Thus the practice of literary imitation arises from anything but a timid and lazy attitude. Although our own post-Romantic era tends to prize originality above all else, medieval poets were only following in the footsteps of their classical predecessors: after all, Terence's comedies, Virgil's Bucolics, and Horace's Odes are nothing other than fantastic re-creations of the works of Menander, Theocritus, and Pindar, respectively, fully Roman despite their translation from Greek, and fully responsive to the expectations of their audience. In the same way, the selection of prized models by medieval poets and their various methods of using these models reflect their aesthetics. According to an old cliché, not totally deprived of relevance, the history of medieval Latin poetry can be divided into three periods, each one characterized by a favorite author whose work gives it its “color.” The Carolingian era, engaged in the praise of the sovereign and his exploits and prone to the didactic, is the aetas virgiliana [age of Virgil]; the monastic movement of the tenth and eleventh century will appropriate the mistrust of the world found in Horace and other satirists such as Terence, Persius, and Juvenal (aetas horatiana); the renaissance of the twelfth century, which revives love poetry and a kind of naturalism, prizes the reading of Ovid (aetas ovidiana) (Traube 1911, 113). This narrative is corroborated by reception history: according to extant manuscripts, the peaks in popularity of the three classical poets correspond to the periods assigned to them. All the same, we must take a nuanced view of such a summary periodization. When Ovid was rediscovered, appreciation of Virgil and Horace did not cease. Each writer, according to his temperament, the affinity he feels with various models, the literary genre he writes or the audience he seeks, takes his inspiration wherever he finds it. Rather than basing our argument on dangerous historical generalizations, we would instead propose a phenomenology (rather than a typology) of intertextual encounters and their stylistic consequences.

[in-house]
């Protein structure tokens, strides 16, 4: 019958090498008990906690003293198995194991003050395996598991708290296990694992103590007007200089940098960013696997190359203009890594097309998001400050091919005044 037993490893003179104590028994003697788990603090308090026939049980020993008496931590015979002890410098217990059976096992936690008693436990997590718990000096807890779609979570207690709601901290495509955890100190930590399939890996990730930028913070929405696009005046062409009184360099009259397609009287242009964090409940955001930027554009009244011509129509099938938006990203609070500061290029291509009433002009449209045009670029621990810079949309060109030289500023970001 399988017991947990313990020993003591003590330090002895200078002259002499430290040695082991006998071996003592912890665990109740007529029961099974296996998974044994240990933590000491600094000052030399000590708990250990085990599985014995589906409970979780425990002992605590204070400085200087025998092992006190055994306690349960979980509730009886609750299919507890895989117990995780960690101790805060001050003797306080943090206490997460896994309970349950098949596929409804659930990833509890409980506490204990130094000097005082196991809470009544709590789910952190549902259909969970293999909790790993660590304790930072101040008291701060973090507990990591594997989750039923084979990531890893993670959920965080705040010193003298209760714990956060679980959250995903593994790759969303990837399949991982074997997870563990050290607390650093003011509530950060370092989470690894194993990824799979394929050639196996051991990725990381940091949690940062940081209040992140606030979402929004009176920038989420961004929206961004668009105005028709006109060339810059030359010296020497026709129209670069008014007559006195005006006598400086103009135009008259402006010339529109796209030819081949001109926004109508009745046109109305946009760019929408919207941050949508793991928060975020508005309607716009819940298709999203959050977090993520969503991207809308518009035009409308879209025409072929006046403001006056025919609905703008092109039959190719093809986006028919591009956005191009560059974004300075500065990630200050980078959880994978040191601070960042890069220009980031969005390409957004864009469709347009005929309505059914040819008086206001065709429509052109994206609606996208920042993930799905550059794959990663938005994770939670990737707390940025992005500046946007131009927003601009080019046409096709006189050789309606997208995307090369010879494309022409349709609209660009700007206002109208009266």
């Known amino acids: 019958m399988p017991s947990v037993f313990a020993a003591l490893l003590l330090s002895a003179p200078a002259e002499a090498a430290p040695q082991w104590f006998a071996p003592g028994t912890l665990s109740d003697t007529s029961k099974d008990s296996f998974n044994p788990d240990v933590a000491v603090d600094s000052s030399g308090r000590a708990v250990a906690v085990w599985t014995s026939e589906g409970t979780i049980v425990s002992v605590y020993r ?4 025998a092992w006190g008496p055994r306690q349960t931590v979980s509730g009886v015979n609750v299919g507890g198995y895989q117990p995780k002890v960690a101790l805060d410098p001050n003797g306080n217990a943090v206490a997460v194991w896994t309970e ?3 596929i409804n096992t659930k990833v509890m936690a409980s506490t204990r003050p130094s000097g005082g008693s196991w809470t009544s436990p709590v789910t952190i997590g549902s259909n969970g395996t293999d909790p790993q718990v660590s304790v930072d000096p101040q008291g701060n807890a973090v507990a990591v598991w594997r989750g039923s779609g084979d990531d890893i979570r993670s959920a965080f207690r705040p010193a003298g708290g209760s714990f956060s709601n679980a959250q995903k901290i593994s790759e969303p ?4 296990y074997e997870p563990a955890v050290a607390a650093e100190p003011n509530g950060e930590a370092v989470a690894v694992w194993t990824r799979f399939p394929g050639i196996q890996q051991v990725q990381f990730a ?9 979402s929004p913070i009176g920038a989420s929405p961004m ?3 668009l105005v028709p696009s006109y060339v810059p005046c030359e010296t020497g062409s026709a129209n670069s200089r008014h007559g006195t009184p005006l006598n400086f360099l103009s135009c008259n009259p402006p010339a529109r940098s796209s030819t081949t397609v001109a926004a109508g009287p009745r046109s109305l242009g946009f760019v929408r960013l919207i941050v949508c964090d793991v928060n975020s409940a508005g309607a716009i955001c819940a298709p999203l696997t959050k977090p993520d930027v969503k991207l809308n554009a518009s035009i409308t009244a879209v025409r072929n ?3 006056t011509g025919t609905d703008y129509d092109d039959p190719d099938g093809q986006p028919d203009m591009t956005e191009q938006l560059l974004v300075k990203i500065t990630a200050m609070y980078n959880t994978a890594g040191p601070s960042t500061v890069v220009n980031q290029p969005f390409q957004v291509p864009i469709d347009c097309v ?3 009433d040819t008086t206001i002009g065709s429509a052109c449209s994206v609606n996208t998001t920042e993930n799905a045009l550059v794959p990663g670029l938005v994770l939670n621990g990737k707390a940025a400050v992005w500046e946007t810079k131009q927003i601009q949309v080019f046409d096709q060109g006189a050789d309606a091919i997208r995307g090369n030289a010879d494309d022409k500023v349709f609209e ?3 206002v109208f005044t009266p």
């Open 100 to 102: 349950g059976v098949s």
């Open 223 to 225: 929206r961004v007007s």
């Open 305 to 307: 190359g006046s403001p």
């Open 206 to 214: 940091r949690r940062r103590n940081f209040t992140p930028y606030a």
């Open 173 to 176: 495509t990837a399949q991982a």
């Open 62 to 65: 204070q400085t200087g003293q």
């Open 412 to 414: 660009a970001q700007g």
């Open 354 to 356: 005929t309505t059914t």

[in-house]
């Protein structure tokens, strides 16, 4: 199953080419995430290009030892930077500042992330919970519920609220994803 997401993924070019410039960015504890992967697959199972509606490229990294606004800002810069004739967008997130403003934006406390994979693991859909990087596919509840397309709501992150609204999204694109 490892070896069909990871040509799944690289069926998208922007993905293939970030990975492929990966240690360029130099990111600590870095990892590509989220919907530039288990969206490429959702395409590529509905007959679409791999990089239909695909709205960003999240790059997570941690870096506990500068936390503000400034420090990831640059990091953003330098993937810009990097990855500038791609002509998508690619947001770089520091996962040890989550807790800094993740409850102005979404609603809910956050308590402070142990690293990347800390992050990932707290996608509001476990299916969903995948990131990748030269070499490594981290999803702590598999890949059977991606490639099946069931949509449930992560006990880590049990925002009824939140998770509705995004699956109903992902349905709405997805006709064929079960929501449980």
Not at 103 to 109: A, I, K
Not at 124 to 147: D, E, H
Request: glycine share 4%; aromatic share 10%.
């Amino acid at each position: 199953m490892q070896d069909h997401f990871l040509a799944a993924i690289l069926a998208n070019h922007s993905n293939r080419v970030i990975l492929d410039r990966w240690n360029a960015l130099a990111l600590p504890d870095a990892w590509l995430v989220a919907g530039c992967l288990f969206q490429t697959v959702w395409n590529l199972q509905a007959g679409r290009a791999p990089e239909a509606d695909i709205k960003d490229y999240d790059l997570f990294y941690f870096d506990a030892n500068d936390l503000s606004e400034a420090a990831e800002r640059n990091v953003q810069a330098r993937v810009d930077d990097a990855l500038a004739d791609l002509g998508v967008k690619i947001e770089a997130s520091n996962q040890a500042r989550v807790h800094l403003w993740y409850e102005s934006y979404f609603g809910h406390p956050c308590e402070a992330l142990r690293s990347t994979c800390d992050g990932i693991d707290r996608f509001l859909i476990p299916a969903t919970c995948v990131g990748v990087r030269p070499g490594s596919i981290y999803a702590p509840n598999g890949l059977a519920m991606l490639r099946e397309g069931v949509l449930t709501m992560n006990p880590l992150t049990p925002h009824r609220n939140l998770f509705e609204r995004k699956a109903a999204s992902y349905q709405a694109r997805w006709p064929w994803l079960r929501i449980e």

As we have already shown, the first and most widespread technique of imitation is unattributed word-for-word citation. Since we have already described this practice, we will not dwell on it. An effect of education, it often arises out of a more or less conscious remembrance, and occurs most often in parts of the verse where lexical choices are limited by the demands of prosody: in hexameter, the first foot or the last two feet. Many authors have begun a verse with the words Me miserum, and (p. 249) finished another with lumina solis or lumina somno without having the slightest awareness that they are citing Ovid on one hand, Virgil on the other (see Schumann 1979–83 for a collection of these formulas and the data provided in Mastandrea and Tessarolo 2010). Such borrowings confer an antique patina on a medieval text, ornamenting it with “gems drawn from a quarry of precious stones” (Vinay 1978, 481), which make the poem sparkle, just as antique gems and cameos were mounted on reliquaries that preserved the bodily remains of saints—and on this subject, it is surely not a coincidence that the lives of saints make up a substantial part of the poetry written in epic verse between the ninth and twelfth century. More intentional borrowings can also coincide with sense, as is the case with the most learned and competent poets. Baudri of Bourgueil, whose inspiration is extremely varied, thus makes use of the Bucolics and Georgics of Virgil, and to a lesser extent Horace's Satire 2.6, in the poem De sufficientia votorum suorum [On the fulfilment of his desires] (Carm. 126), which praises the charms of a country retreat, while his description of the battle of Hastings is a veritable cento of selections from the Aeneid, Lucan's Pharsalia, and Statius's Thebaid. And the brilliant mid-thirteenth-century poet Henry of Avranches starts his metrical lives of saints Oswald and Hugh of Lincoln, which are intended to extol the former's thaumaturgical power and the latter's victorious battles against the devil, with the words In nova fert animus and Arma virumque cano, the respective incipits of the Metamorphoses and the Aeneid.